2018 was the fourth warmest year on record


Scientists at NASA and the National Oceanic and Atmospheric Administration (NOAA) on Wednesday announced that global temperatures in 2018 were the fourth hottest on record in the last 139 years. On Wednesday it incorporated the final weeks of a year ago into its climate models and concluded that average global surface temperature in 2018 was 1 degree Celsius (1.8 Fahrenheit) above pre-industrial baseline levels. The year 2016, which was 1.69 degrees Fahrenheit warmer than the 20th-century average, holds the top spot, with 2018 at 1.42 degrees F warmer. Nine of the 10 warmest years have been recorded since 2005, with the last five years comprising the five hottest.

Specifically, NASA said global temperatures in 2018 were 1.5 degrees Fahrenheit above the average from 1951 to 1980. The report stated that much of the warming can be attributed to an increase in carbon emissions from human activity. Eighteen of the warmest 19 years have occurred since 2000; the other one was 1998.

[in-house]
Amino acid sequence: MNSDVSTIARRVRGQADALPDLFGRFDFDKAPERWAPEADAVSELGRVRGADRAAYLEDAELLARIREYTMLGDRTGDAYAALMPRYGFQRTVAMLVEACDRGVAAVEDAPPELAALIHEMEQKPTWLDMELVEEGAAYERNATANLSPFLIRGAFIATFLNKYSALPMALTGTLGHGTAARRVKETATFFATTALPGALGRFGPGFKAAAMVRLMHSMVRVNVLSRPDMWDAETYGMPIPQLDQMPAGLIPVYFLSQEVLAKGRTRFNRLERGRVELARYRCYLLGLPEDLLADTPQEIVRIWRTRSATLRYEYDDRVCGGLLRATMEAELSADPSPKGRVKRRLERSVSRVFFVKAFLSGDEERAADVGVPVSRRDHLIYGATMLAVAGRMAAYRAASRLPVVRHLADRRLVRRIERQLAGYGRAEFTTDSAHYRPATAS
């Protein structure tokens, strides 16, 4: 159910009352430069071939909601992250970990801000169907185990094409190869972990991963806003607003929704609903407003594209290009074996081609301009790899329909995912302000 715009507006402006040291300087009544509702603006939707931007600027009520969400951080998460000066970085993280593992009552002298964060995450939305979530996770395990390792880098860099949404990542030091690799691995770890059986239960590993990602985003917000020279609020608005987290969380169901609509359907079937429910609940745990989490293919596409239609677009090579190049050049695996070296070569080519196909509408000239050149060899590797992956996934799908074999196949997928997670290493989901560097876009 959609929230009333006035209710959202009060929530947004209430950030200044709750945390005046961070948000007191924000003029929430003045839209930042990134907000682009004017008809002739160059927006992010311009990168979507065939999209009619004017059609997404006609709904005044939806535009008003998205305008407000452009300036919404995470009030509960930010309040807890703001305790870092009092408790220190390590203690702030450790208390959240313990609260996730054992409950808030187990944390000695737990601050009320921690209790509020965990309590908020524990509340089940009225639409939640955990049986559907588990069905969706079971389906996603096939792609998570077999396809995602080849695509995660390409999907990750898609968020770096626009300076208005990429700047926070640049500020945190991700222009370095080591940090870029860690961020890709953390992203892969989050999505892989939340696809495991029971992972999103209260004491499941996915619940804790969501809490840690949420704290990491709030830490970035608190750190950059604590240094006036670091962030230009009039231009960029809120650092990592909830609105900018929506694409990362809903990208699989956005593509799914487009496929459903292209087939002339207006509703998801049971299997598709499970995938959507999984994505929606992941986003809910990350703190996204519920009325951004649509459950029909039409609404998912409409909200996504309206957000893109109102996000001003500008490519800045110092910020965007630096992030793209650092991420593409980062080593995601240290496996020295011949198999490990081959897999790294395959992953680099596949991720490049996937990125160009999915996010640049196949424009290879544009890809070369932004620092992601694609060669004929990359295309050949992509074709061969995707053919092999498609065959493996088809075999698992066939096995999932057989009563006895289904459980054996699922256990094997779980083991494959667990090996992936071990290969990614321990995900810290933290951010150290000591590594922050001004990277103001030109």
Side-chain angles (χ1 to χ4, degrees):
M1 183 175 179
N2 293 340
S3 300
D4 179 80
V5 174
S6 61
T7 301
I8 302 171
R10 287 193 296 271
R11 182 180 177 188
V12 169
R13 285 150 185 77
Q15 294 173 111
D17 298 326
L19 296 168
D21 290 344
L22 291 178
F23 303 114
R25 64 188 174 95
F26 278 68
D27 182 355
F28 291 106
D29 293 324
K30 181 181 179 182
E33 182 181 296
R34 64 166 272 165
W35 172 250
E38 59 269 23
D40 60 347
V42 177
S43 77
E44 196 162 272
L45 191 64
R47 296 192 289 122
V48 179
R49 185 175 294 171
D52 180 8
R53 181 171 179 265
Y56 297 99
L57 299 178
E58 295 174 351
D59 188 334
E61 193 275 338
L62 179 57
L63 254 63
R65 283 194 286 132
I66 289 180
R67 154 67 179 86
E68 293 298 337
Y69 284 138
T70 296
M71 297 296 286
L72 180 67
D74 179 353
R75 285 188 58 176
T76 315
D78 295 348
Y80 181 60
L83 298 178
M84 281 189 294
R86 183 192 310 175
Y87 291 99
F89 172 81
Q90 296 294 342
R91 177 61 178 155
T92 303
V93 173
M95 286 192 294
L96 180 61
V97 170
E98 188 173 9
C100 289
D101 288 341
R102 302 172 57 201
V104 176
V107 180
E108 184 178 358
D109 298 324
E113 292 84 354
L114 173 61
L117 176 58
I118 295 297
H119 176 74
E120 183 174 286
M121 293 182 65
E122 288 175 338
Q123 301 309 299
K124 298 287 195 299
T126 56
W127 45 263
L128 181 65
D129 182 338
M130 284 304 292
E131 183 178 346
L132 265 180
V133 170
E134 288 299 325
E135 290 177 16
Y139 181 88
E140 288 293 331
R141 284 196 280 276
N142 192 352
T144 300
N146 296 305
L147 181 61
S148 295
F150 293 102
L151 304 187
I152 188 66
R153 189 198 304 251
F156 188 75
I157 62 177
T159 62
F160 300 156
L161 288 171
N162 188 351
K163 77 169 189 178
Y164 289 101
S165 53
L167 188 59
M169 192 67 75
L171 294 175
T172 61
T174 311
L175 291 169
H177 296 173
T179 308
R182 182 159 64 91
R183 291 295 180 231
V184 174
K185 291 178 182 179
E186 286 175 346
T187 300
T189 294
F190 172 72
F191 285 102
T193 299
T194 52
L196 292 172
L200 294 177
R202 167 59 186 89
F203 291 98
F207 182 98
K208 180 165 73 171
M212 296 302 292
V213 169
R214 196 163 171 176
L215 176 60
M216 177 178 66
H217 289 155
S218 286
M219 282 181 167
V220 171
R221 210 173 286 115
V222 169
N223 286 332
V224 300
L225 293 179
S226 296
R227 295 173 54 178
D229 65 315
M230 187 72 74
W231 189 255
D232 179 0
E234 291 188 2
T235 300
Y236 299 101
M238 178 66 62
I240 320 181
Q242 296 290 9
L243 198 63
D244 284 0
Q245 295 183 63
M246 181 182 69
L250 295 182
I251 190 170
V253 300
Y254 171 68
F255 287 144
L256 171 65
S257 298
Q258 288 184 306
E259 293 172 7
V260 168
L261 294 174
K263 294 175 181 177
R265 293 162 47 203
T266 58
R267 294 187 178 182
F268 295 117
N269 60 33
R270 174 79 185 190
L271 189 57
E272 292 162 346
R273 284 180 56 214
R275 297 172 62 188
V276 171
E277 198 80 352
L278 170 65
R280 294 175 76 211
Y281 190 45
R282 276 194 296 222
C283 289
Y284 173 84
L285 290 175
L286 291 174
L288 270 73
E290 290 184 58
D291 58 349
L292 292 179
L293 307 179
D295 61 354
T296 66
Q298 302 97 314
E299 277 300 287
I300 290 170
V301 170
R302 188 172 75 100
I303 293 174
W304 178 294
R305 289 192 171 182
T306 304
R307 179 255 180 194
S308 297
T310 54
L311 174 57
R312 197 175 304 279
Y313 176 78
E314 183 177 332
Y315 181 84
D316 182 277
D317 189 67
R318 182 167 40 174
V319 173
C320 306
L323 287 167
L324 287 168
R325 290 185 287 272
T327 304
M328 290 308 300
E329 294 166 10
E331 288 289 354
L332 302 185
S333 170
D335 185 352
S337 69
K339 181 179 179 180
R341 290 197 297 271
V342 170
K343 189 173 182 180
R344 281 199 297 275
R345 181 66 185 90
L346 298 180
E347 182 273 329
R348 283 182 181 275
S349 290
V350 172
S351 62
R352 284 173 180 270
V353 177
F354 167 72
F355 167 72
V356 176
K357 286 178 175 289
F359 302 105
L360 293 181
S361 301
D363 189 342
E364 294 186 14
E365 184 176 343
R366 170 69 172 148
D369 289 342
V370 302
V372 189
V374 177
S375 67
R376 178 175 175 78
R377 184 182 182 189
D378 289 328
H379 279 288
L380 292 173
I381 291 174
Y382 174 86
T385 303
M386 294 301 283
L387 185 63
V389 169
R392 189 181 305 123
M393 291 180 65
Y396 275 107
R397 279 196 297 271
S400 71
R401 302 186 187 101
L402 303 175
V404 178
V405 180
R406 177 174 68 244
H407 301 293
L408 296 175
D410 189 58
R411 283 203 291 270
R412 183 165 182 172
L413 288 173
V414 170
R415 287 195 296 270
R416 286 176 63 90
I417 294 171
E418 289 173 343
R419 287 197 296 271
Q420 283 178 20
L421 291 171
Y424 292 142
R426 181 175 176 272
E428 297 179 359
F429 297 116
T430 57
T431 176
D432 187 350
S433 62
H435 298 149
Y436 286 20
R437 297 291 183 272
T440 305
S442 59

NASA and NOAA climate scientists said even though 2018 was a tad cooler than the three previous years that's mostly due to random weather variations.

"The key message is that the planet is warming, " said Gavin Schmidt, director of NASA's Goddard Institute for Space Studies. But in the long-term, the two agencies strongly agree on the pace and trajectory of global warming. According to NASA and NOAA, there were a total of 14 billion-dollar weather and climate disaster events in the U.S.in 2018 alone, costing the nation $91 billion in direct economic damages and resulting in 247 deaths.

Last year, 29 countries - including much of Europe and the Middle East - and the continent of Antarctica had their hottest years on record, said Zeke Hausfather, a climate scientist with the nonprofit research organization. Right behind Michael were the western US wildfires and Hurricane Florence, which both racked up $24 billion in damages, according to NOAA. In addition, mass loss from the Greenland and Antarctic ice sheets continued to contribute to sea level rise, and increased temperatures contributed to longer and more intense fire seasons, ranging from California to Australia.

Government shutdowns can delay the collection and timely release of important scientific information, as was the case with the information released today.